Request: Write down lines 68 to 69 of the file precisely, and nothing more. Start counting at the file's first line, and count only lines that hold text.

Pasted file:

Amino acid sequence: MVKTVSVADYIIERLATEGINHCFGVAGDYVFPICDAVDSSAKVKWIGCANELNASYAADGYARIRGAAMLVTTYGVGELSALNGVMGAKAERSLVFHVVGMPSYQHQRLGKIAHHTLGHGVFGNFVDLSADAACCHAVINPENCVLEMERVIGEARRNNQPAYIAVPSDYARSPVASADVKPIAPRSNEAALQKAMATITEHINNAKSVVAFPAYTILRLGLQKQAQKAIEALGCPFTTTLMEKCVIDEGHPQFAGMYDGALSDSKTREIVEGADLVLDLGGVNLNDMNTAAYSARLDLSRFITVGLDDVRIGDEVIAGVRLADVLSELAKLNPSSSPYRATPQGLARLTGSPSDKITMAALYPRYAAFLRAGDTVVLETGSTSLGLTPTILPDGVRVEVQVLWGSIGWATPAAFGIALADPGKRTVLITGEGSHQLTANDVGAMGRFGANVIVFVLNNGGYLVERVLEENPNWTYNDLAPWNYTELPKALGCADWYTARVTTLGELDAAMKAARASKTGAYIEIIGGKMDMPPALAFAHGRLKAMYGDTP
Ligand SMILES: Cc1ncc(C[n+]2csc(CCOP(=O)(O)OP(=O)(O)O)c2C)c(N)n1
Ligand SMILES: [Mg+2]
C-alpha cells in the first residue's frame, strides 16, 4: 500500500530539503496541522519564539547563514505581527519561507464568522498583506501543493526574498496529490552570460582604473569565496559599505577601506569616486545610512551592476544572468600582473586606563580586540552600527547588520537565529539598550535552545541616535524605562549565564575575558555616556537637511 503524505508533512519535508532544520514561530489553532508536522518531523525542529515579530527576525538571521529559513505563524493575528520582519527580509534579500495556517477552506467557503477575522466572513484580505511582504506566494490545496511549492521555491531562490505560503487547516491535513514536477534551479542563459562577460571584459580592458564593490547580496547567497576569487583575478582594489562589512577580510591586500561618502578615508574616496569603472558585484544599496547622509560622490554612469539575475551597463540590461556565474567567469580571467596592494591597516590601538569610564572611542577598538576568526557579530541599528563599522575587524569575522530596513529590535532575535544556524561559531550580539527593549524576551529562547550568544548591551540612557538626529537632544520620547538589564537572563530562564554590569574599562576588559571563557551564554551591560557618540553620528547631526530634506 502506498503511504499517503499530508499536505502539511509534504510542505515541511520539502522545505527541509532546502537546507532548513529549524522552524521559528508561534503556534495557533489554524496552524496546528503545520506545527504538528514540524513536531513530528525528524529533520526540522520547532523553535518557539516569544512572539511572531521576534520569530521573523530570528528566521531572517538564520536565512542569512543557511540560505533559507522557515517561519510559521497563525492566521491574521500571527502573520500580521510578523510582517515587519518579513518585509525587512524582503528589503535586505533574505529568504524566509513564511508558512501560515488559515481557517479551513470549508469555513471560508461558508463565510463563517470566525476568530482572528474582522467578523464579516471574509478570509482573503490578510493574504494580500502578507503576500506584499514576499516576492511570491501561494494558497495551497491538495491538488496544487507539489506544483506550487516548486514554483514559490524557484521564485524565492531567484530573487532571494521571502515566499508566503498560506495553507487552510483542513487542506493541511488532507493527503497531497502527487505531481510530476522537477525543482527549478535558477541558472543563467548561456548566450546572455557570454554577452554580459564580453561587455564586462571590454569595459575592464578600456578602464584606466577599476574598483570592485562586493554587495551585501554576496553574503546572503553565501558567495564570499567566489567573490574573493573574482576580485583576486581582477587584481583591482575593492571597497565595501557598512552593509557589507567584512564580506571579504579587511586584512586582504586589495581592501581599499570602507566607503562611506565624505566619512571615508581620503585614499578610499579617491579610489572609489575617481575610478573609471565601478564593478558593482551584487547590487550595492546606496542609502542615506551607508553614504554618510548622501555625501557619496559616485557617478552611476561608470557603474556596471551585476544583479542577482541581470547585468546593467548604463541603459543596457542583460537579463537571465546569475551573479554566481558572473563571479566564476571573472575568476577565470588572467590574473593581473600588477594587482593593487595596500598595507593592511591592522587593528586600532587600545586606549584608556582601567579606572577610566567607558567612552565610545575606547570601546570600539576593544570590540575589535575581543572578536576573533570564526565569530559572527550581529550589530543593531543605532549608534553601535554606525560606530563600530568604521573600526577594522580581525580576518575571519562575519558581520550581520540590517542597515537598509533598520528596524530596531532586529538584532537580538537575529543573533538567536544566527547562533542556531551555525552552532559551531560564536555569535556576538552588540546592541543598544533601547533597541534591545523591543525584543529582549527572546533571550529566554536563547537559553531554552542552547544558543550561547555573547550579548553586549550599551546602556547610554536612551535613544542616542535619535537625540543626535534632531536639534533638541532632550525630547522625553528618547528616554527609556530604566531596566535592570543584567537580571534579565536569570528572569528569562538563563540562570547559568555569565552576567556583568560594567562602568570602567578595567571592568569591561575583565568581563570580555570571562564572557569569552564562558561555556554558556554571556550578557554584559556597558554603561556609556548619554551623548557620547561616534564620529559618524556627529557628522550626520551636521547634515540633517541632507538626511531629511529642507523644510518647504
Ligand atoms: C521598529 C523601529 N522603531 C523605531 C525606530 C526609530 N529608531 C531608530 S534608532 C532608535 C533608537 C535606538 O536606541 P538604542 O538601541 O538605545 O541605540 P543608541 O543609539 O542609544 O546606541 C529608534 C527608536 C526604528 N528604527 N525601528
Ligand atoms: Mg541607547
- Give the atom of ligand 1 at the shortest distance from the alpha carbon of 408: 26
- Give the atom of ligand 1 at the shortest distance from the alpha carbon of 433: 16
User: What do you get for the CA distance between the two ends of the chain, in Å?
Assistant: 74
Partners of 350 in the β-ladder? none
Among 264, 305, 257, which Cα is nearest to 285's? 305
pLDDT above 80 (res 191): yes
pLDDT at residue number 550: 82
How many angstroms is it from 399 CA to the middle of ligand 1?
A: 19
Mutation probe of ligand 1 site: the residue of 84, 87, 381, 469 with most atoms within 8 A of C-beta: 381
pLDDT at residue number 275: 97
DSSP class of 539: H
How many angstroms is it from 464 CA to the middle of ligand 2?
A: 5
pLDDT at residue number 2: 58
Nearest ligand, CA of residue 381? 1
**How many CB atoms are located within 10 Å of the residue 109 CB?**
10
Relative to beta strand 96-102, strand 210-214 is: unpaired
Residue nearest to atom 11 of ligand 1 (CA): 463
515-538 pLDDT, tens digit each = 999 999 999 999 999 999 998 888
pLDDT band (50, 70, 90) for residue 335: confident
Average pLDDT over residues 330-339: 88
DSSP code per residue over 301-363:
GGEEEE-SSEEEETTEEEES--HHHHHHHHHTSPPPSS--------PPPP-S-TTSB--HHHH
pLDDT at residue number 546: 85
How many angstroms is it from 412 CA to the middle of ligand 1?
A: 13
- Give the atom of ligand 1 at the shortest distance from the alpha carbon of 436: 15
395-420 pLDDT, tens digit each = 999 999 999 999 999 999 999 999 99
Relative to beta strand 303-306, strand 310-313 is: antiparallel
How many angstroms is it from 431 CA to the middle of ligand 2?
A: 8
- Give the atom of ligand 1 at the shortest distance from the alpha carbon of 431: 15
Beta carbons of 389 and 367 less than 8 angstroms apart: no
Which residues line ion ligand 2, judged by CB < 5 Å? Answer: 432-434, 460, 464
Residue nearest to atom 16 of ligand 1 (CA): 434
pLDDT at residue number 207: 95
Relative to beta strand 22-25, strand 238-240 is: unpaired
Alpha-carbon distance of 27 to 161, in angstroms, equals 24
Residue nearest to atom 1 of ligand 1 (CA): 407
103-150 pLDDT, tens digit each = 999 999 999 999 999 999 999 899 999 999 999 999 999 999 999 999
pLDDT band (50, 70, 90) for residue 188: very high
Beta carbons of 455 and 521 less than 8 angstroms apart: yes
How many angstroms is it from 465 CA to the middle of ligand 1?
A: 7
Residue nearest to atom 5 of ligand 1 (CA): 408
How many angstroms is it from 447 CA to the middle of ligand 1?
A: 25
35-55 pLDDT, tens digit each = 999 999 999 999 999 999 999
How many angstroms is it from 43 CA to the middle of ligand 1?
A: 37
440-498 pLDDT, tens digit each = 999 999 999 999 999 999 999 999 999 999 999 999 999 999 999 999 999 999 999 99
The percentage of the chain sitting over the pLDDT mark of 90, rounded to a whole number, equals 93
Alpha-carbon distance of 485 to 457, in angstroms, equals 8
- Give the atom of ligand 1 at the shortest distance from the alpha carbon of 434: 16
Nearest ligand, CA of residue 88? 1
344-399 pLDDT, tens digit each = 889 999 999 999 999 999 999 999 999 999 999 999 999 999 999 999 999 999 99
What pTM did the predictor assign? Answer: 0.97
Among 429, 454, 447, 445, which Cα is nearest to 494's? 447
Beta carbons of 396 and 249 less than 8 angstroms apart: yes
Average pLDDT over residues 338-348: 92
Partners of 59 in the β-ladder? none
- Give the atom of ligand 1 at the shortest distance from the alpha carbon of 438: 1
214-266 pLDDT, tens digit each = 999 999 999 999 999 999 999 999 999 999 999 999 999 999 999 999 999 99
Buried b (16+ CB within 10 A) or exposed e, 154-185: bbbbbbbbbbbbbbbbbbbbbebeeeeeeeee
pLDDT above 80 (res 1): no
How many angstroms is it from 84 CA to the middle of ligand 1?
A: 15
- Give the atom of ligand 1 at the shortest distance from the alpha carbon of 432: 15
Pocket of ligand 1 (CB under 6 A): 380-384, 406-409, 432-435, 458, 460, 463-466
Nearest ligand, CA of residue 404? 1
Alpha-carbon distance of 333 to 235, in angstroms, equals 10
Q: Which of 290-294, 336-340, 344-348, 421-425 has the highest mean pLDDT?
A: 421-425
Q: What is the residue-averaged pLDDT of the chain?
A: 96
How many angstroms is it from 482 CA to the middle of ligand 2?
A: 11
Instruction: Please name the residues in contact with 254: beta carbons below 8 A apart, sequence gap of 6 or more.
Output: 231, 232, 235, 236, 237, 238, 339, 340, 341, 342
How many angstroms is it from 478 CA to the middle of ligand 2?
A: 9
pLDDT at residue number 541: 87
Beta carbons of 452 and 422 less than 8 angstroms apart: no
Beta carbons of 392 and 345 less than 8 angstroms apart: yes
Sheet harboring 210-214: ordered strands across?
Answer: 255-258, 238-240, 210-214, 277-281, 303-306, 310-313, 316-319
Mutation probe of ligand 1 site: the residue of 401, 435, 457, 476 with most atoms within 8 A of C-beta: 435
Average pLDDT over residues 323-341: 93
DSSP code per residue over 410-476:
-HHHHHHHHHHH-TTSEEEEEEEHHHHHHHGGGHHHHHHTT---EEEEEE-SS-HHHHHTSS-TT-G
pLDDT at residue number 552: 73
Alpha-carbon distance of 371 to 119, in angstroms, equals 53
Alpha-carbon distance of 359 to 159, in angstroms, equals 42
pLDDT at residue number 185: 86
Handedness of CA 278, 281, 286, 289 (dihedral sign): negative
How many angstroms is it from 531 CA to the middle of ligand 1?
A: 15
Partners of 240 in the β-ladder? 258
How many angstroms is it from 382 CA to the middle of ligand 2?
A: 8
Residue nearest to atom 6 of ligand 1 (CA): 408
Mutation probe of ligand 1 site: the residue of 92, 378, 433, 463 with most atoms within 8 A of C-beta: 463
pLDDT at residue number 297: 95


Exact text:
Beta carbons of 396 and 249 less than 8 angstroms apart: yes
Average pLDDT over residues 338-348: 92